There is another method. First, a reinforced sub-slab is poured.  On top of that, a "tray" of six inch block is built around the perimeter.  The tray is filled with sand, then a two/four inch slab of reinforced concrete is poured over the sand, making an effective heat sink that's buffered from direct contact with the sub-slab.  Personally, I prefer to place high heat board between the block and the sand, then insulate the bottom of everything (as above) once the oven has been in use several months (so you know it's very dry).


You can also place firebrick directly on top of insulation board, but this is really done when quick firing and lesser heat retention over time is the objective.


The saying goes like this: "You can never, ever, have too much insulation." Top, sides, bottom.  Really recommend you alter your plans.


CJ

Pioneer Foodie's picture
Pioneer Foodie

The hardware store says they can order a sheet of 3" insulation board.  They say it will melt at 250F, and shrink at 180F.  They didn't have a brand name.  Is this the right stuff?  If we go 3" firebrick floor, 1" sand, 4" concrete slab, 1" sand, how much heat would get down to the insulation board?  The one time I worked with a brick oven, the exterior brick never got uncomfortably warm to a bare hand.  I imagine setting the insulation board on top of a 1/2" wonderboard (cement w/ nylon mesh), and supported underneath with framing to pour the concrete slab.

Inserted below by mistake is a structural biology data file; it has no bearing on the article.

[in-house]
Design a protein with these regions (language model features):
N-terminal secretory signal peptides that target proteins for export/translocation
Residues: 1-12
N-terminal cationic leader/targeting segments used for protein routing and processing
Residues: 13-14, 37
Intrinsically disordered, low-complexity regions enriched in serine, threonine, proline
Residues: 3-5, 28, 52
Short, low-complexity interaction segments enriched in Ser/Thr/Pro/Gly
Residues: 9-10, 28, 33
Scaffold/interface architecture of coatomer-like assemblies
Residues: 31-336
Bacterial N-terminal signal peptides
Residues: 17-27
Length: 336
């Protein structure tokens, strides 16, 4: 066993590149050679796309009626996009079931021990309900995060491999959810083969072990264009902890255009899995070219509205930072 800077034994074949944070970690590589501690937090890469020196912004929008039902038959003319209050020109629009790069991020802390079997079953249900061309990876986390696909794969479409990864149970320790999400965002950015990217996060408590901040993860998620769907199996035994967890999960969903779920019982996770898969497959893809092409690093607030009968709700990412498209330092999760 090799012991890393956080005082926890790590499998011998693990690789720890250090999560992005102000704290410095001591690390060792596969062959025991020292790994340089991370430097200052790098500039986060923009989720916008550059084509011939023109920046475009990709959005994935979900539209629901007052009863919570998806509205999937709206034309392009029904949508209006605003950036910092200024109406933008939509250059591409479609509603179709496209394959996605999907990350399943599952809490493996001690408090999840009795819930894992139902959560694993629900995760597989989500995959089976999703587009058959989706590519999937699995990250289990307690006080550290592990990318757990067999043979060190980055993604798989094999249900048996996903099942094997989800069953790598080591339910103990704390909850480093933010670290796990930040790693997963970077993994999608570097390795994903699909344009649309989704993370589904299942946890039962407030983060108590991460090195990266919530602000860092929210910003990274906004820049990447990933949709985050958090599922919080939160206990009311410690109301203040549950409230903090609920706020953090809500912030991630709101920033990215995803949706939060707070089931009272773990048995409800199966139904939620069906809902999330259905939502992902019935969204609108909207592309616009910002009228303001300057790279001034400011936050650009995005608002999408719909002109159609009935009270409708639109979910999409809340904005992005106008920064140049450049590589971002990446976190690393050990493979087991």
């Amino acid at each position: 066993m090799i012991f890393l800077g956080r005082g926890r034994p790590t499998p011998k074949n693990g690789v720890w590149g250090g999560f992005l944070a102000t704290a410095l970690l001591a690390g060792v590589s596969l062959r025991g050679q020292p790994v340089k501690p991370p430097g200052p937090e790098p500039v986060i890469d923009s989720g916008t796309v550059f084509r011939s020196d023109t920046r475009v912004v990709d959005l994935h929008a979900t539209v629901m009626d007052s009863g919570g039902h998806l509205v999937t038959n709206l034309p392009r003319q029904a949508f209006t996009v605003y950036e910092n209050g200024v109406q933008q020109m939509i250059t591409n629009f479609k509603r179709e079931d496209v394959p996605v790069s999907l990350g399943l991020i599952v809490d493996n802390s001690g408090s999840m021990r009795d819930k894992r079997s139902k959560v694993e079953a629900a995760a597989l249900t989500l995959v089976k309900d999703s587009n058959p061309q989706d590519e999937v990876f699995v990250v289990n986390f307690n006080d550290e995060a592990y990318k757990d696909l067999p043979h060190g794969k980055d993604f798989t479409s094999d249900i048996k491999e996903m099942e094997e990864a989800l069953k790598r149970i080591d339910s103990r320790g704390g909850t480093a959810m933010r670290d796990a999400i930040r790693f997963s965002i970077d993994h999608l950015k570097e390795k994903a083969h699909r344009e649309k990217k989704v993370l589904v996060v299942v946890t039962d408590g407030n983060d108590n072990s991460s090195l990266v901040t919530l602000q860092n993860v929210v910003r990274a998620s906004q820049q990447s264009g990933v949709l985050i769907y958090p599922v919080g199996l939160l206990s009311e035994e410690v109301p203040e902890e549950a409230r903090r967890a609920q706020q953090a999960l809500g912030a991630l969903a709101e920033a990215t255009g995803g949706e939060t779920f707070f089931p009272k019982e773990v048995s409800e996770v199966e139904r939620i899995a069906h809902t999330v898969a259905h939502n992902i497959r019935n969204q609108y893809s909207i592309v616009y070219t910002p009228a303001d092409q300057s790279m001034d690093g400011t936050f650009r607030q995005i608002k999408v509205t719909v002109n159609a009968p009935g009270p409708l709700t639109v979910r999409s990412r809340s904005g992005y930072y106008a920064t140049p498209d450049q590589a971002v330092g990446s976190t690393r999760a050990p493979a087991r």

polo's picture
polo

The 3" board the hardware can get sounds like the foam board you would insulate the outside of a house with. I think you should be looking for ceramic fiber board and I don't think local hardware stores would carry it. I was able to get mine through work, perhaps CanuckJim will chime in and let you know where he got his. Not sure you would need three inches of the stuff.


My oven's hearth is 4.5" of brick on top of 3" of reinforced concrete. This all sets on top of 2.75" of vermiculite/portland cement mixture. I still lose heat through the hearth. I will be installing my insulation board in the spring.